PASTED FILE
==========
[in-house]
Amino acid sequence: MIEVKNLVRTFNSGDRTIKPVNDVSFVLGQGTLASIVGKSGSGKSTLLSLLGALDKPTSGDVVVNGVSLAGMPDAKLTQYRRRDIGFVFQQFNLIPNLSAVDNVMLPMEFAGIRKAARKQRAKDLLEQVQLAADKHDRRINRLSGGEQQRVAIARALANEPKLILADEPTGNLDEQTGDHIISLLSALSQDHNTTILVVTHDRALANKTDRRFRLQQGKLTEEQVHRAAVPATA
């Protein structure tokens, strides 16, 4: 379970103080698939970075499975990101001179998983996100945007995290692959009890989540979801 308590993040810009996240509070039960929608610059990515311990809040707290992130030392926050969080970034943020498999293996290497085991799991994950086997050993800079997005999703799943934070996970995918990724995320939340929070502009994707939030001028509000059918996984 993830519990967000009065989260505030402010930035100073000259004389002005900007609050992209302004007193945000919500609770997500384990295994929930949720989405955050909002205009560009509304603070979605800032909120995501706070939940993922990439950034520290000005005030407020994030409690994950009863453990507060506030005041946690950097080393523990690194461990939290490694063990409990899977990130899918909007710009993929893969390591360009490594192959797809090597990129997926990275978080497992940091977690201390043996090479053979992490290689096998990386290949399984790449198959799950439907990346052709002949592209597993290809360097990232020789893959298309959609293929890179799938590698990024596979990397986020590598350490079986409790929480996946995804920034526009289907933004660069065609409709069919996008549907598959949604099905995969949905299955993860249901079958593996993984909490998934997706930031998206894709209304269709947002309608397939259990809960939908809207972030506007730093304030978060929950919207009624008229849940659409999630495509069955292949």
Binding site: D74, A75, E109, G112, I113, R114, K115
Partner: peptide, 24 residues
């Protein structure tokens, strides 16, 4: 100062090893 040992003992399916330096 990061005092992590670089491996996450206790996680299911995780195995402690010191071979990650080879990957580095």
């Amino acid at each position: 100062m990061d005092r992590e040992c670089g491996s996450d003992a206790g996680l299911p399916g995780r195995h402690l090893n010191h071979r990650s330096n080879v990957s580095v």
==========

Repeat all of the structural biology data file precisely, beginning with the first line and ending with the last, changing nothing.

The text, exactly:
[in-house]
Amino acid sequence: MIEVKNLVRTFNSGDRTIKPVNDVSFVLGQGTLASIVGKSGSGKSTLLSLLGALDKPTSGDVVVNGVSLAGMPDAKLTQYRRRDIGFVFQQFNLIPNLSAVDNVMLPMEFAGIRKAARKQRAKDLLEQVQLAADKHDRRINRLSGGEQQRVAIARALANEPKLILADEPTGNLDEQTGDHIISLLSALSQDHNTTILVVTHDRALANKTDRRFRLQQGKLTEEQVHRAAVPATA
């Protein structure tokens, strides 16, 4: 379970103080698939970075499975990101001179998983996100945007995290692959009890989540979801 308590993040810009996240509070039960929608610059990515311990809040707290992130030392926050969080970034943020498999293996290497085991799991994950086997050993800079997005999703799943934070996970995918990724995320939340929070502009994707939030001028509000059918996984 993830519990967000009065989260505030402010930035100073000259004389002005900007609050992209302004007193945000919500609770997500384990295994929930949720989405955050909002205009560009509304603070979605800032909120995501706070939940993922990439950034520290000005005030407020994030409690994950009863453990507060506030005041946690950097080393523990690194461990939290490694063990409990899977990130899918909007710009993929893969390591360009490594192959797809090597990129997926990275978080497992940091977690201390043996090479053979992490290689096998990386290949399984790449198959799950439907990346052709002949592209597993290809360097990232020789893959298309959609293929890179799938590698990024596979990397986020590598350490079986409790929480996946995804920034526009289907933004660069065609409709069919996008549907598959949604099905995969949905299955993860249901079958593996993984909490998934997706930031998206894709209304269709947002309608397939259990809960939908809207972030506007730093304030978060929950919207009624008229849940659409999630495509069955292949």
Binding site: D74, A75, E109, G112, I113, R114, K115
Partner: peptide, 24 residues
């Protein structure tokens, strides 16, 4: 100062090893 040992003992399916330096 990061005092992590670089491996996450206790996680299911995780195995402690010191071979990650080879990957580095």
């Amino acid at each position: 100062m990061d005092r992590e040992c670089g491996s996450d003992a206790g996680l299911p399916g995780r195995h402690l090893n010191h071979r990650s330096n080879v990957s580095v």